• Developmental biology
  • Massachusetts Agricultural College--Faculty
  • Massachusetts Agricultural College. Department of Veterinary Science
  • Protozoans
  • Clark, Henry James, 1826-1873
  • Clark, Mary Young Holbrook
  • Hyatt, Alpheus, 1838-1902
Types of material
  • Contracts
  • Letters (Correspondence)

Quint, Howard H.

Howard H. Quint Papers

1940-1981 Bulk: 1955-1968
9.75 linear feet
Call no.: FS 007

Howard Henri Quint was born in New Haven, Connecticut in January 1917. He received his PhD in History from Johns Hopkins University in 1947. During the war years (1942-1946) Dr. Quint served as Propaganda Analyst for the Foreign Broadcast Intelligence Service, as Political Analyst for the Office of the Coordinator of Inter-American Affairs, and as Political and Economic Analyst for the Office of Strategic Services.In 1959 he accepted a professorship at the University of Massachusetts Amherst. Upon his return from a Fulbright in Italy in 1962, Quint was selected as Chair of the History Department, a position he retained until 1968. While serving as Chair, Dr. Quint was instrumental in initiating the PhD program in History and was responsible for establishing the Honors Program at the University of Massachusetts. After stepping down from his position as Department Chair in 1968, Dr. Quint continued to be a Professor of History at the University of Massachusetts until his death in June 1981.

The papers of Howard H. Quint document his distinguished career as professor, author, and Chair of the History Department at the University of Massachusetts at Amherst. They consist of biographical materials; general correspondence (largely professional); research and other materials related to the writing and publishing of five books; lecture notes, syllabi and other course-related materials; note cards and annotated typescripts; articles, book reviews, and academic conference materials; travel documents; materials related to honors programs; and materials related to international scholar exchange programs. The bulk of the papers were generated between 1955 and 1968.

Gift of Mrs. Howard Quint, 1981-2000
  • University of Massachusetts Amherst--Faculty
  • University of Massachusetts Amherst. Department of History
  • Quint, Howard H

Yamashita, Yoshiaki, 1865-1935

Yoshiaki Yamashita Photograph Album

1 vol. 0.25 linear feet
Call no.: PH 006
Image of Yoshiaki and Fude Yamashita, ca.1904
Yoshiaki and Fude Yamashita, ca.1904

From 1903 to 1906, Professor Yoshiaki Yamashita of Tokyo traveled the United States providing instruction in the new martial art of judo. In Washington, D.C., he provided instruction for the sons and daughters of the nation’s political and business elite and was brought to the White House to teach President Theodore Roosevelt. In 1905-1906, Yamashita was employed by the U.S. Naval Academy to train midshipmen, but after his contract ended in the fall 1906, he returned to Japan and continued to teach judo until his death on October 26, 1935. He was posthumously awarded the 10th degree black belt, the first ever so honored.

The Yamashita photograph album contains 53 silver developing out prints apparently taken to illustrate various judo throws and holds, along with Yamashita’s calling card and four documents relating to his time teaching judo in Washington.

Gift of Caroline Watson, Dec. 2007
  • Judo--Photographs
  • Kawaguchi, Saburo
  • Yamashita, Fude
  • Yamashita, Yoshiaki
Types of material
  • Photograph albums
  • Photographs

Civil Liberties Union of Massachusetts. Hampshire-Franklin County Chapter

Civil Liberties Union of Massachusetts Hampshire-Franklin County Chapter Records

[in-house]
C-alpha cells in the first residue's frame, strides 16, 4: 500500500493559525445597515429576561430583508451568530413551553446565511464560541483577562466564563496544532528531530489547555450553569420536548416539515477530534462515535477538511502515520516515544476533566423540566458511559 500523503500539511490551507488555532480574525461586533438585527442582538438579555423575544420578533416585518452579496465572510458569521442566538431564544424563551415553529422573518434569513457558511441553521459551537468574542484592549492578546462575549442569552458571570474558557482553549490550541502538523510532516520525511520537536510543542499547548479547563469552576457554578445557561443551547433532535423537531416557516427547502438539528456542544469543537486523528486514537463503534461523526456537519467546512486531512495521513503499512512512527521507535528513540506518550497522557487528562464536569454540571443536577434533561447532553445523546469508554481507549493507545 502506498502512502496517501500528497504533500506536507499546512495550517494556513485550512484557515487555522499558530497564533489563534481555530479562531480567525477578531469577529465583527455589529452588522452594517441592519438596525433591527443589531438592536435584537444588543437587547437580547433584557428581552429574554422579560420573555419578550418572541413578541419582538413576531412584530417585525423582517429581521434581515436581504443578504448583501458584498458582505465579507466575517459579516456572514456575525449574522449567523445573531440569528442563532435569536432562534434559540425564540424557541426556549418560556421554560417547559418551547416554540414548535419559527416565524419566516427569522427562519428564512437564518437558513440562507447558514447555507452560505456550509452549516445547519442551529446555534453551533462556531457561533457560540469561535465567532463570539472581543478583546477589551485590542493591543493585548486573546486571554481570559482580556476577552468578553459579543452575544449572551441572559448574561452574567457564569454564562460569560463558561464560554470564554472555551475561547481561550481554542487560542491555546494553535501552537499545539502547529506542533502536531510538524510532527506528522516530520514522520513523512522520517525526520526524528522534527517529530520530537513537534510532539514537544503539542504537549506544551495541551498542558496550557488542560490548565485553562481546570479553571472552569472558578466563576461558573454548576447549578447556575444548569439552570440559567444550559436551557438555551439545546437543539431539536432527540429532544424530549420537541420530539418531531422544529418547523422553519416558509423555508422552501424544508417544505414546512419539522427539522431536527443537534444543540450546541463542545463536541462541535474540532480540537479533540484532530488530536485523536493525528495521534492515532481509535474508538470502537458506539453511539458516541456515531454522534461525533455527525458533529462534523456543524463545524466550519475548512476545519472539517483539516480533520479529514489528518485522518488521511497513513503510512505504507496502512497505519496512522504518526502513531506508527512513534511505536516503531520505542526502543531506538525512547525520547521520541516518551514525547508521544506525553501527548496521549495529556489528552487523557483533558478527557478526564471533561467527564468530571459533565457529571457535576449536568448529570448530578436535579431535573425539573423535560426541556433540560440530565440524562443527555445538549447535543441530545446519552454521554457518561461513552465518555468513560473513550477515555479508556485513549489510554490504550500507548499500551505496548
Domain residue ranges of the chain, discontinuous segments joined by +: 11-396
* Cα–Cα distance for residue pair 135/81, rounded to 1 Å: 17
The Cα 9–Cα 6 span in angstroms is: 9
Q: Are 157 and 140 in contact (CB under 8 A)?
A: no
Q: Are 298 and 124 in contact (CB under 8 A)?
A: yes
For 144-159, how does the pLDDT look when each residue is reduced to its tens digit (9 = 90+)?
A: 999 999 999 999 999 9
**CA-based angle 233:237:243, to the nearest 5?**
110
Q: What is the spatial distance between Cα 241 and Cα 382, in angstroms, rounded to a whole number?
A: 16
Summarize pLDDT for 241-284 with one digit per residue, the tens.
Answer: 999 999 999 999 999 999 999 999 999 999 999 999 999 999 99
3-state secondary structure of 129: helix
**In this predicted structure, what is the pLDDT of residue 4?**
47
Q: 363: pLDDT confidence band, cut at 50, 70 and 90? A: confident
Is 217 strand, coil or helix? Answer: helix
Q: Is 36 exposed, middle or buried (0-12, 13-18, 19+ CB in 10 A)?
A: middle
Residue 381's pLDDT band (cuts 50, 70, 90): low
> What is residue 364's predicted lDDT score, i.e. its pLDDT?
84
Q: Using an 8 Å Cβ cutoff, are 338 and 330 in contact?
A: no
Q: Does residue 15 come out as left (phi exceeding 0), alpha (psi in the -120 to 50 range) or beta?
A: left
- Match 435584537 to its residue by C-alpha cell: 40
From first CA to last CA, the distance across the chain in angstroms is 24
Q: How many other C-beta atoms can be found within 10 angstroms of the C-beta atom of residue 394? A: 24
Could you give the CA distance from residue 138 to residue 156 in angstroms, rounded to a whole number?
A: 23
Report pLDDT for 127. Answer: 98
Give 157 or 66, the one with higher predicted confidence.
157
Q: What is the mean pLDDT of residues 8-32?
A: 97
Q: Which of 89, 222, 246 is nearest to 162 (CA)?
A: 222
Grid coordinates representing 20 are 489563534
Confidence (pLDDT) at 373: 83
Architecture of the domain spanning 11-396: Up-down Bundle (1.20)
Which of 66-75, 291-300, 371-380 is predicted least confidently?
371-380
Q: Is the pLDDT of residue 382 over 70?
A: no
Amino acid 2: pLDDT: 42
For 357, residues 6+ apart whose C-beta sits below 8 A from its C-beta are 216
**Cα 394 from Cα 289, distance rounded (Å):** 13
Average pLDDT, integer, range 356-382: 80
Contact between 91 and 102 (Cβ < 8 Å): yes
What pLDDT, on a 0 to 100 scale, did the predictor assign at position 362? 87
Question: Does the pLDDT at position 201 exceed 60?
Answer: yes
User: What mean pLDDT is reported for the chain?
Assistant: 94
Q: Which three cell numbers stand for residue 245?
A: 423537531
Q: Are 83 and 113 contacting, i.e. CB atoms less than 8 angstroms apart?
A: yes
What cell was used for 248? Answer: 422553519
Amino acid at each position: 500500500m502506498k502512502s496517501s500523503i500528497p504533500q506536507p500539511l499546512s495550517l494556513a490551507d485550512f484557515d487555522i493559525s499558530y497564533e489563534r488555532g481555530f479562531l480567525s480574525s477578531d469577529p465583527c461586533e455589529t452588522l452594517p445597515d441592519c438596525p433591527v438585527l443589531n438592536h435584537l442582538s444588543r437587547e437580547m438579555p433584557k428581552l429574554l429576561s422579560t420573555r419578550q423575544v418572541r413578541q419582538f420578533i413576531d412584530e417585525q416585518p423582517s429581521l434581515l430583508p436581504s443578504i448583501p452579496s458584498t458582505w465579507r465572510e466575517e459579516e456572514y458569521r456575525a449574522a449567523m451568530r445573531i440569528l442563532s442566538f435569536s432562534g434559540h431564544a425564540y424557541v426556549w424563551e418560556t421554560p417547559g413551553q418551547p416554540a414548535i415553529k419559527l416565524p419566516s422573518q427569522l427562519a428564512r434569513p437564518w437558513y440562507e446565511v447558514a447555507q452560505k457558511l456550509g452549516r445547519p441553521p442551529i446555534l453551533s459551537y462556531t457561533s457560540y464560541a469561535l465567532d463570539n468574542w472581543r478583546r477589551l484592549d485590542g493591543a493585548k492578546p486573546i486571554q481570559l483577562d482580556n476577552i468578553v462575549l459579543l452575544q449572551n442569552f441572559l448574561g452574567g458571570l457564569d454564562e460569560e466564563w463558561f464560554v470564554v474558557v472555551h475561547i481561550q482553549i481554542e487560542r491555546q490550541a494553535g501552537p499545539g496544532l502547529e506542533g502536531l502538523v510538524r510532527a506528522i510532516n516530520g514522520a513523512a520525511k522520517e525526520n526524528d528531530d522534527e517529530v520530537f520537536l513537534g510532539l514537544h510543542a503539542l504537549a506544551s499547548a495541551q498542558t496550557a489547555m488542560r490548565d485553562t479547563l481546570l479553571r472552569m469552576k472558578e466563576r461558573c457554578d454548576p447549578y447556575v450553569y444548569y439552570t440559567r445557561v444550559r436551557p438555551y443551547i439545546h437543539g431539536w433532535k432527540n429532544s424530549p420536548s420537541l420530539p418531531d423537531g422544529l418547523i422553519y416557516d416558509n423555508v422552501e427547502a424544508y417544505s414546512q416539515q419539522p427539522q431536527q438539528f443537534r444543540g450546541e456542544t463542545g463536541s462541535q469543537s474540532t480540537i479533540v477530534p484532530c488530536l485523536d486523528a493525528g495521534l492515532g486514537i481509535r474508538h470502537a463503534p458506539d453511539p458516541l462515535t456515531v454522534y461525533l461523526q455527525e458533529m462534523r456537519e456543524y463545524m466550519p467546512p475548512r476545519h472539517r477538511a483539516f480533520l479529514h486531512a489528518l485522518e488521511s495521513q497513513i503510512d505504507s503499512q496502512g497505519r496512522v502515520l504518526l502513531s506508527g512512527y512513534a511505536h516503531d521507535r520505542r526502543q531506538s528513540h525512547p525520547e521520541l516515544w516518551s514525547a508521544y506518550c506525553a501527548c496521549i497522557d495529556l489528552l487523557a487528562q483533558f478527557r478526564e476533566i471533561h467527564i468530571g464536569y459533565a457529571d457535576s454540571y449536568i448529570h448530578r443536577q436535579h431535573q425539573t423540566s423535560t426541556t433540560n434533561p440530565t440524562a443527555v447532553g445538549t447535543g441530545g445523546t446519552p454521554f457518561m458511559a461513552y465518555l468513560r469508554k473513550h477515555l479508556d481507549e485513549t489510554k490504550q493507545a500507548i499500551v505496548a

2 boxes 1 linear feet
Call no.: MS 303

Minutes and correspondence of the Executive Committee, correspondence and general files of chairmen Philip Eddy, David E. Matz, and Donn Kesselheim, as well as correspondence, briefs, and clippings related to legal cases and inquiries undertaken by the chapter.

  • Civil rights--Massachusetts
  • Civil Liberties Union of Massachusetts. Hampshire-Franklin County Chapter
  • Eddy, Philip
  • Kesselheim, Donn
  • Matz, David E

Lamb, Charles, 1775-1834

Rocco and Barbara Verrilli Collection of Charles Lamb

1741-1932 Bulk: 1798-1834
1 box, 79 volumes 13 linear feet
Call no.: MS 939
Image of Charles Lamb
Charles Lamb

A poet, critic, and essayist, and close friend of Coleridge and Wordsworth, Charles Lamb was a popular figure in literary circles in late Georgian Britain. Born in London in 1775, Lamb began working in the accounting office of the British East India Company at the age of seventeen. Despite struggling with mental illness in his family, he built a reputation as a writer. With an elegant, eccentric, and somewhat antiquated style, he became known first for his poetry, but soon gained notice for prose and criticism. Written with his sister Mary, Tales from Shakespeare (1808) achieved notable success, however Lamb’s fame rests primarily on the essays he wrote during the 1820s under the pseudonym Elia. Lamb died from erysipelas on Dec. 29, 1833.

From the 1960s through 2010s, Rocco and Barbara Verrilli built this extensive collection of first and early editions of Charles Lamb’s writing. Among the volumes they acquired are Lamb’s personal copy of his first publication, Poems on Various Subjects; a rare copy of his first book for children King and Queen of Hearts (1806); and a presentation copy of his best known work, Elia (1823). The twenty-five manuscript items in the collection are particularly noteworthy. Displaying a characteristic combination of charm, wit, and insight, these include a long letter to Robert Southey discussing poetry; humorous letters to his admirer John B. Dibdin; an acrostic by Lamb on the name of Sarah Thomas; and two particularly fine letters to the poet Edward Dyer, including an eye-witness account of the agricultural rebellion known as the Swing Riots.

Gift of Barbara and Rocco Verrilli, 2016
  • Authors, English--19th century
  • Poets--Great Britain
  • Verrilli, Barbara
  • Verrilli, Rocco


Massachusetts Locales Collection

3 boxes 1.5 linear feet
Call no.: MS 300

Materials, such as clippings, maps, and photographs, relating to Amherst, but also including items from other western Massachusetts towns. Topics covered include are Amherst writers such as Emily Dickinson and Robert Frost, town history, trees and birds of Amherst, and Connecticut River Valley history.

  • Amherst (Mass.)--History
  • Massachusetts--History
Types of material
  • Maps
  • Photographs
  1. Pages:
  2. 1
  3. 2
  4. 3
  5. 4
  6. 5
  7. 6
  8. 7
  9. ...
  10. 111